It’s him! Snitches!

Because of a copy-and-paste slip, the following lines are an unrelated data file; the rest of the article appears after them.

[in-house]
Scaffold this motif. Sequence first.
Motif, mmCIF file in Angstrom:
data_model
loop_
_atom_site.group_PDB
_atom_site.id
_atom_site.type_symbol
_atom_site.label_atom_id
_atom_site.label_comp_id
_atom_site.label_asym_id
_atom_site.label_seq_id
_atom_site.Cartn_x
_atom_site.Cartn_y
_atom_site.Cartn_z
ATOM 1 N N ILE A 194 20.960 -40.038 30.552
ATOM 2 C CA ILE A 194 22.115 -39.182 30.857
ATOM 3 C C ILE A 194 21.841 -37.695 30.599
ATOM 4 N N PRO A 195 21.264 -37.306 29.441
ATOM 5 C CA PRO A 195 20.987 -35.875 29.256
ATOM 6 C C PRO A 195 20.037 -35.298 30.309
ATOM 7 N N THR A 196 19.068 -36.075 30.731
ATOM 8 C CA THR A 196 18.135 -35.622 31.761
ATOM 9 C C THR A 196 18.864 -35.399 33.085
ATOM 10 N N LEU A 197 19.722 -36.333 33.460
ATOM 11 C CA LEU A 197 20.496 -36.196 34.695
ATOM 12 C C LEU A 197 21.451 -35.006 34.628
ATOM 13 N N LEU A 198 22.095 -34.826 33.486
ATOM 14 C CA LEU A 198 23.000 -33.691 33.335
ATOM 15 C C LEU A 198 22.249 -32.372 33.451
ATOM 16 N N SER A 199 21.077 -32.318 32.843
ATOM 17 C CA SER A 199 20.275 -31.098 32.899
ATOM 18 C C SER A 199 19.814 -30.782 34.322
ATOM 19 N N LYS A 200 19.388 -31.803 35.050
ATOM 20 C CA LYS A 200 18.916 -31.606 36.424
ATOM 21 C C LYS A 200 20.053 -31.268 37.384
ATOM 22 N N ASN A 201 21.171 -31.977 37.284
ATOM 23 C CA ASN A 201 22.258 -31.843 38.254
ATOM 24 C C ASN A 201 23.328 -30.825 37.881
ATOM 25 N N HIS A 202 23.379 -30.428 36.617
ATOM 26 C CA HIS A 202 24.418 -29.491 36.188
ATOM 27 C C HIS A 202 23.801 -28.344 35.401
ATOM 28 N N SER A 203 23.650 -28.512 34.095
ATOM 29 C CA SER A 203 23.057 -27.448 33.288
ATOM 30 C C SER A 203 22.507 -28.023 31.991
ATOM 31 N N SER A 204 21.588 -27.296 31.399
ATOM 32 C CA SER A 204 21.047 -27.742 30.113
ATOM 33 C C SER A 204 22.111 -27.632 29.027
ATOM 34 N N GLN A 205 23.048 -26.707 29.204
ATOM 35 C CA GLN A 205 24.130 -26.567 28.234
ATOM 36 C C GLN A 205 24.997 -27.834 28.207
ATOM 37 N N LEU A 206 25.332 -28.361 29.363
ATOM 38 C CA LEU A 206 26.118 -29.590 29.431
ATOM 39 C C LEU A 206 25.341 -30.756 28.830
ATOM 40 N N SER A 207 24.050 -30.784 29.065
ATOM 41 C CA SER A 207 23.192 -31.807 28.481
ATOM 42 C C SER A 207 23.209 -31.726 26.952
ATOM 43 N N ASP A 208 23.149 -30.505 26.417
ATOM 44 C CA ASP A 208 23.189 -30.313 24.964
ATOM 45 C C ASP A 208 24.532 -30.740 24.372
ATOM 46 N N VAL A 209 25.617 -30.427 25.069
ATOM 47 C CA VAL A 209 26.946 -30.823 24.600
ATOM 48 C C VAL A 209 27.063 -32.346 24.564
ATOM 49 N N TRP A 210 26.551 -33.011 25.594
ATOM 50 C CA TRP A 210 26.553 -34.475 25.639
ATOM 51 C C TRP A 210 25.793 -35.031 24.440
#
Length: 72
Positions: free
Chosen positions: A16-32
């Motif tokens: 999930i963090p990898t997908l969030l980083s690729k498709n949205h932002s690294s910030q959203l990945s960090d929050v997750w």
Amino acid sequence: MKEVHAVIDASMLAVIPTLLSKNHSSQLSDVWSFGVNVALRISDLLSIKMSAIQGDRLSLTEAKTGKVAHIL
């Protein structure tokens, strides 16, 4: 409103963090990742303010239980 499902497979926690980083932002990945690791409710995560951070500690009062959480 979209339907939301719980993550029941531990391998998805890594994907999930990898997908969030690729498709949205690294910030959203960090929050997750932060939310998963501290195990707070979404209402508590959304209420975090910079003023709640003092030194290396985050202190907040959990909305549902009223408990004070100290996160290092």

Questions regarding the Swizz Beatz single “It’s Me, Snitches”: how does frequent Swizz client and sample-source Jay-Z feel about Swizz constantly repeating that he’s sitting in his car and listening to a song that brutally eviscerates Jay? I mean, I know Jay and Nas are best friends now and everything, but I still get the idea that Jay would like to pretend that “Ether” never existed. He probably doesn’t like being reminded every time he hears “It’s Me, Snitches.” Also: why does Swizz keep trying to make “Ether” rhyme with “Beamer”? It doesn’t. It doesn’t even come close. And did Swizz exhaust himself so completely coming up with his two quick little nonsense verses that he just couldn’t manage to write any more? Is that why he just repeats those two verses twice? Or is it an aesthetic decision? Is it the old Ramones “third verse, same as the first” thing? If it is an aesthetic decision, why does it work so well? I haven’t heard “It’s Me, Snitches” in a club yet; when I do, is my face going to explode? Why does he want us to call him the Sandman? Doesn’t the Sandman put people to sleep? This song definitely does not put me to sleep. And perhaps the most important question about the new Swizz Beatz single “It’s Me, Snitches”: What the fuck?